Hey, now it’s time for you and me / Got a revolution (got to revolution) Hey, come on now we’re marching to the sea / Got a revolution (got to revolution)
“The music, Sandy, the music. It was our fuel, it was our spirit, it inflamed us and exalted us and gave us courage and purpose and truth. The songs were more than songs. They caught and shaped our minds and souls, and they summoned up something primal in the universe, and in us.
“You know the truth. We all know it, instinctively. Even the enemy. Look at how the TV networks treat the period! Marches and riots, demonstrations, elections, assassinations, Vietnam—every clip they show, they back with rock music. Something deep within them realizes that rock was a part of it all.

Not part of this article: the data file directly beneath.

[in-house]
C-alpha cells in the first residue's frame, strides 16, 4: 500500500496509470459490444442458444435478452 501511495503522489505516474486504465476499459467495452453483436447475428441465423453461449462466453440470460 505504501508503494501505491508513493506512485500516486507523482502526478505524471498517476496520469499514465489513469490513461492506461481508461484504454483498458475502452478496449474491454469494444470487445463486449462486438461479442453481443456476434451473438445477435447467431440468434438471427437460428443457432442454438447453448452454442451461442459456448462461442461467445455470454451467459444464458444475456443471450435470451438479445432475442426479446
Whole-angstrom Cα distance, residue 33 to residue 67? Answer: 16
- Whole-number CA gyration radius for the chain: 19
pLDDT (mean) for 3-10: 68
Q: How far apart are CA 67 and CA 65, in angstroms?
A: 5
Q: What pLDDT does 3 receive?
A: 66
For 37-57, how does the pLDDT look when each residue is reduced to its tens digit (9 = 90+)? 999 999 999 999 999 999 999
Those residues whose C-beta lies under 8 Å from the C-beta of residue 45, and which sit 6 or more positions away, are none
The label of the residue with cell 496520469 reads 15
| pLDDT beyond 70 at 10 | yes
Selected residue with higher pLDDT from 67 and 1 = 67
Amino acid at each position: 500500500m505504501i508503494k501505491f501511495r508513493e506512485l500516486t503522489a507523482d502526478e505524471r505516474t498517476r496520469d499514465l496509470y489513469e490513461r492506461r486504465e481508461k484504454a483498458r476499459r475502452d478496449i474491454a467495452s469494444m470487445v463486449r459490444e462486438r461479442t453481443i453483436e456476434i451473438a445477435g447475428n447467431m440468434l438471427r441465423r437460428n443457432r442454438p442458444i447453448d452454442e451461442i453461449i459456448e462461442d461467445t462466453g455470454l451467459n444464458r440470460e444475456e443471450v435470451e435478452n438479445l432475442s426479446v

“The cliché is that music is a reflection of the times, but the cliché has it backward. There is power in music, Sandy. The songs touch us in ways deeper and wilder and more basic than words. Every army that has ever marched to war has gone to the beat of drums, humming martial music. Every revolution has had its music. Every epoch. The music defines and shapes the age.
“And in our age, the Movement exploded to the hard beat of rock, moved to it, marched to it, fucked to it, swelled to it. Drugs and sex and rock and revolution, peace and freedom. And I think the enemy understood better than we did. We were a threat to the whole rotten system, to the corrupt power and the immoral wealth. Our music had already crushed theirs, driven it from the airways and the streets and the culture, and the rest would surely follow. I think they knew that.